Researchers at Uppsala University, along with other collaborators, have discovered a novel 2D quantum material in a recent study published in Nature. This groundbreaking material is composed of atomically thin layers of cerium, silicon, and iodine (CeSiI), marking the first instance of a 2D material with heavy fermions.
“The electrons in CeSiI behave as if they have up to 100 times more mass than electrons in ordinary materials. This is why they are called heavy fermions. What is extra special about CeSiI is that this effective mass is anisotropic, that it depends on the direction in which the electrons move in the atomic layers,” says Chin-Shen Ong, one of the Uppsala researchers behind the study.
The research is a collaboration between researchers in materials theory at Uppsala University and researchers at Columbia University in the United States. For the materials researchers from Uppsala University, the main issue was to theoretically investigate the quantum properties of electrons in the material.
Background and Significance of Heavy Fermions
Heavy fermion compounds are a class of materials in which the electrons interact with each other unusually strongly. In so doing, they coordinate their movements in so-called quantum fluctuations. This interaction causes the electrons to behave as if they had up to 100 or 1,000 times more mass than electrons in ordinary materials. These quantum fluctuations are thought to play an important role in a number of hitherto unexplained quantum phenomena, such as unconventional superconductivity, where an electric current can pass through a material without loss of energy, and magnetism.
Research on materials with heavy fermions has been going on for decades, but until now the focus has been on materials where the atoms are tightly packed in a 3D structure. As far back as the 1970s, researchers at Uppsala University focused on cerium-based materials, with great success.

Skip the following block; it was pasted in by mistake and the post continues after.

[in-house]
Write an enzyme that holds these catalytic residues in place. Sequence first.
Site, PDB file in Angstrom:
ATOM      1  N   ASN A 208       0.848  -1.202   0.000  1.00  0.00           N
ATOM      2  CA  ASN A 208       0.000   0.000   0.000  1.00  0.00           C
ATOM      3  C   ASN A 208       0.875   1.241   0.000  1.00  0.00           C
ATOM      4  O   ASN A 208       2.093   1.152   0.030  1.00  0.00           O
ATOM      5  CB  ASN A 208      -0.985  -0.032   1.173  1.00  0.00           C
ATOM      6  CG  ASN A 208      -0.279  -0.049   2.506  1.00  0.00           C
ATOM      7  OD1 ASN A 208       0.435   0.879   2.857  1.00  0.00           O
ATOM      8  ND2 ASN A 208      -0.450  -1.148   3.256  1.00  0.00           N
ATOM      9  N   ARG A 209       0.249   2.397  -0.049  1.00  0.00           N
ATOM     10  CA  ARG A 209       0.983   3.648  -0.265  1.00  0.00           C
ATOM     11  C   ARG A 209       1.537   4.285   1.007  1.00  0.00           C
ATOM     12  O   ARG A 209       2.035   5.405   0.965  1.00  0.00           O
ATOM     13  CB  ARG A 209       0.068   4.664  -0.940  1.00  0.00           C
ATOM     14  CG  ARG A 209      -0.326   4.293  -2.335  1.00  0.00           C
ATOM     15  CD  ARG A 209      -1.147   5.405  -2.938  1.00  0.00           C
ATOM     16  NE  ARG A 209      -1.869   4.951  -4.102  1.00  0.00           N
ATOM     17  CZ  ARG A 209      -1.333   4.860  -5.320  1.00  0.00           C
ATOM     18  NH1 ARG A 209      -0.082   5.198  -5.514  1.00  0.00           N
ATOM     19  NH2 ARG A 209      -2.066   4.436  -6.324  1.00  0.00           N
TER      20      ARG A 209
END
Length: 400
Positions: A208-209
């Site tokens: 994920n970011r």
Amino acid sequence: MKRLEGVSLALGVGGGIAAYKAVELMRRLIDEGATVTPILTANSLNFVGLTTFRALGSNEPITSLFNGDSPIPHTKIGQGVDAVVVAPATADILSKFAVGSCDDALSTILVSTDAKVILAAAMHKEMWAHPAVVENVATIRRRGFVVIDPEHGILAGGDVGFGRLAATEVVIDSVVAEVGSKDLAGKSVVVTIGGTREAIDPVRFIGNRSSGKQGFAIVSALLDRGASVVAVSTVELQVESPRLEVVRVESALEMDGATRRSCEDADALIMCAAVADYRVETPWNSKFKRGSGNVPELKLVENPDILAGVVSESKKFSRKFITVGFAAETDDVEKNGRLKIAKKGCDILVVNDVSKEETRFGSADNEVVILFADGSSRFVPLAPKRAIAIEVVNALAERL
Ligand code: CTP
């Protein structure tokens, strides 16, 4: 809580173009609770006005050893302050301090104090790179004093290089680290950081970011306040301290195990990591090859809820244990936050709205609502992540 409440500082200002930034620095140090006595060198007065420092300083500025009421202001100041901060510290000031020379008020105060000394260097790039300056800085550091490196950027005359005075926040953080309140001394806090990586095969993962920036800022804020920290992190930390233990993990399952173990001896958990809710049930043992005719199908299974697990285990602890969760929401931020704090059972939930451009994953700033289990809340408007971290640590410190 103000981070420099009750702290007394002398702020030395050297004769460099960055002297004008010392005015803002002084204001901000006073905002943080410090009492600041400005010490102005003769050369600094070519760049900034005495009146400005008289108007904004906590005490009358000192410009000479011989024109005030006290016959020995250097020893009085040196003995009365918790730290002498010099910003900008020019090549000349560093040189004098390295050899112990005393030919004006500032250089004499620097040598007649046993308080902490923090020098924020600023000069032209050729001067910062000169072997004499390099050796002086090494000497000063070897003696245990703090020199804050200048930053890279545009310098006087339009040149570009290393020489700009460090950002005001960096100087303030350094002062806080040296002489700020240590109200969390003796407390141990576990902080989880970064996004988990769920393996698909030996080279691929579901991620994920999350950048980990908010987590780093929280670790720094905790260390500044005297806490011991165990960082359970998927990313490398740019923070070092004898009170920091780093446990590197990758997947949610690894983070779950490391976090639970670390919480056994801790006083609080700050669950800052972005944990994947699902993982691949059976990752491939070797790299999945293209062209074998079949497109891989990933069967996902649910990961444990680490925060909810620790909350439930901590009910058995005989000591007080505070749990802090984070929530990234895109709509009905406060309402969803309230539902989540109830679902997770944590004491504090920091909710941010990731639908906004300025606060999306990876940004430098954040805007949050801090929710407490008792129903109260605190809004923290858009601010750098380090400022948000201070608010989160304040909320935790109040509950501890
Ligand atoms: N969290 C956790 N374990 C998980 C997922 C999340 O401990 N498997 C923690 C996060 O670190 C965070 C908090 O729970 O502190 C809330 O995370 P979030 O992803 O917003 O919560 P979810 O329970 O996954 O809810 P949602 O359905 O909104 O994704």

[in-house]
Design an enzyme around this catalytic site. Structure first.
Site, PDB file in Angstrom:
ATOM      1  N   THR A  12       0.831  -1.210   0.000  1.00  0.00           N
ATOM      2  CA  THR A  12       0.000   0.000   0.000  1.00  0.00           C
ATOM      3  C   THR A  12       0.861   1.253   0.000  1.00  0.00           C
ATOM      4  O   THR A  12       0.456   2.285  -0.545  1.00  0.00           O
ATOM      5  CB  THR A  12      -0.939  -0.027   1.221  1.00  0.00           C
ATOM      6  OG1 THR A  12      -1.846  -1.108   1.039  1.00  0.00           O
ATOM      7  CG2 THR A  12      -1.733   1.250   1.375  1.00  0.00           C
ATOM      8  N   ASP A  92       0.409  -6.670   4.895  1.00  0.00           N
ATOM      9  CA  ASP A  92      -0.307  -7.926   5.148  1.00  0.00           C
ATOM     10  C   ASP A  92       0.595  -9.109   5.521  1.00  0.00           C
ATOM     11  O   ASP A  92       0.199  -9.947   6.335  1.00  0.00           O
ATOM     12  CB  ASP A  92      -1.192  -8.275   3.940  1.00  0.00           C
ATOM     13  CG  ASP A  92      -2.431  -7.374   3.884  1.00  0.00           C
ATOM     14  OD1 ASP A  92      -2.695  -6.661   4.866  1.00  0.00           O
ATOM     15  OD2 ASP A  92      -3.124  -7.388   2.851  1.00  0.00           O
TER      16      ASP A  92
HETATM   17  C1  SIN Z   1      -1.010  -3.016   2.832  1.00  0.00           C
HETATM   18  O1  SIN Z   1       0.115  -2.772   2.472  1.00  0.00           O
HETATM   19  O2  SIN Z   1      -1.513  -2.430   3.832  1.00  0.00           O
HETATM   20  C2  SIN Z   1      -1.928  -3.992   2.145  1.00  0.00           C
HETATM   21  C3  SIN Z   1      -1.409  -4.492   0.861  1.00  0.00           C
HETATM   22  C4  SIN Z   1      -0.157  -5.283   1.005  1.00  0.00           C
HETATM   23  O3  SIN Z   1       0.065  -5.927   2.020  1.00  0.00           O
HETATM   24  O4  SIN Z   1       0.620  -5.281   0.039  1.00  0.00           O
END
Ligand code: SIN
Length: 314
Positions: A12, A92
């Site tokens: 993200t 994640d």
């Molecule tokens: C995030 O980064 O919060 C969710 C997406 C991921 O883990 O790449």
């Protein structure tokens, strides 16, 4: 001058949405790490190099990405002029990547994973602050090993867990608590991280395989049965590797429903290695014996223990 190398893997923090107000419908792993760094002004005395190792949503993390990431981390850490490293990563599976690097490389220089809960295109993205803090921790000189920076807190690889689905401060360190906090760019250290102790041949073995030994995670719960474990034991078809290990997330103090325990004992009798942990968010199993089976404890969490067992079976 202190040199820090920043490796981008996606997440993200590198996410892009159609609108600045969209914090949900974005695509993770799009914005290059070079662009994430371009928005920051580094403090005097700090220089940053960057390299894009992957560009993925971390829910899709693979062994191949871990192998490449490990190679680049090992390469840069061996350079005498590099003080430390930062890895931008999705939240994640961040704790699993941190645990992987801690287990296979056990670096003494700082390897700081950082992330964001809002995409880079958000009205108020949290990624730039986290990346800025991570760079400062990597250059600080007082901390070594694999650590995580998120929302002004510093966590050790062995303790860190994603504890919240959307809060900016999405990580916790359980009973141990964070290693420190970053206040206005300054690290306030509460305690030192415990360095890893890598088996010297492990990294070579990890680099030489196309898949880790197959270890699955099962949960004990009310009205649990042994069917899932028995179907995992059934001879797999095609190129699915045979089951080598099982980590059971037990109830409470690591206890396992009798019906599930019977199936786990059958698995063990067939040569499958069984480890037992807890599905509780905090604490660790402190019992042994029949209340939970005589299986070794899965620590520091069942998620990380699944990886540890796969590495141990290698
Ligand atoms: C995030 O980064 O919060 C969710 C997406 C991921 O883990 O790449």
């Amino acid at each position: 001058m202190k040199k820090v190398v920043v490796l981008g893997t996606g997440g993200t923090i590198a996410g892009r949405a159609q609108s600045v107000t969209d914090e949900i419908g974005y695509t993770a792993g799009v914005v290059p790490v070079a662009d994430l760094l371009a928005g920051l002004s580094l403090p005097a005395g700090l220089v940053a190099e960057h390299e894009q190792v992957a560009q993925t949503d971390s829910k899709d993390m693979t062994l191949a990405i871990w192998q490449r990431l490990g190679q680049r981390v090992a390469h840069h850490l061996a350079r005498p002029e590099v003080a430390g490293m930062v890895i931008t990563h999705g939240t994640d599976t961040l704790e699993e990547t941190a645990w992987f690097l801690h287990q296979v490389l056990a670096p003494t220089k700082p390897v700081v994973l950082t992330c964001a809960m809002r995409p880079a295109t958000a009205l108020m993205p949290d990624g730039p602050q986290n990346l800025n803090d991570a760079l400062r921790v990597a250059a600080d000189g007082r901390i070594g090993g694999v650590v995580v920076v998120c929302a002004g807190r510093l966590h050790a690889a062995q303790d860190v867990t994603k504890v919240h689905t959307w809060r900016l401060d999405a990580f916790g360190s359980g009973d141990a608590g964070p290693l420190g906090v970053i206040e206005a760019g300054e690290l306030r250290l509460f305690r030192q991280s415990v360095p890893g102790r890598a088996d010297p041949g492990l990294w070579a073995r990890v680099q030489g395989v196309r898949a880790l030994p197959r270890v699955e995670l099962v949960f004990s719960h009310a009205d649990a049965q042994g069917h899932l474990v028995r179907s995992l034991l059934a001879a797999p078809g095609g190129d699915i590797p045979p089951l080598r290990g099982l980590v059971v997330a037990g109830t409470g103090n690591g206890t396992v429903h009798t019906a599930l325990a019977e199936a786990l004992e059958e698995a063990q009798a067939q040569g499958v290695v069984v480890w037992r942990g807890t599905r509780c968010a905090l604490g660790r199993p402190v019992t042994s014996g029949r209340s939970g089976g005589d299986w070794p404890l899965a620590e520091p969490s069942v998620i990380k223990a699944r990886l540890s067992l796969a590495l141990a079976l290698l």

However, the new material, synthesized in the Columbia University laboratory, is unique as it has a 2D-like crystal structure with clearly separated, atom-thin layers. The layers consist of cerium, silicon, and iodine (CeSiI) and are the first example of a 2D material with heavy fermions.
“With this discovery, we now have a significantly improved material platform for investigating correlated electron structures. 2D materials are like a construction kit with LEGO pieces. Our partners are already working on adding layers from other 2D materials to create a new material with customized quantum properties,” says Chin-Shen Ong.
Reference: “Two-dimensional heavy fermions in the van der Waals metal CeSiI” by Victoria A. Posey, Simon Turkel, Mehdi Rezaee, Aravind Devarakonda, Asish K. Kundu, Chin Shen Ong, Morgan Thinel, Daniel G. Chica, Rocco A. Vitalone, Ran Jing, Suheng Xu, David R. Needell, Elena Meirzadeh, Margalit L. Feuer, Apoorv Jindal, Xiaomeng Cui, Tonica Valla, Patrik Thunström, Turgut Yilmaz, Elio Vescovo, David Graf, Xiaoyang Zhu, Allen Scheie, Andrew F. May, Olle Eriksson, D. N. Basov, Cory R. Dean, Angel Rubio, Philip Kim, Michael E. Ziebel, Andrew J. Millis, Abhay N. Pasupathy and Xavier Roy, 17 January 2024, Nature.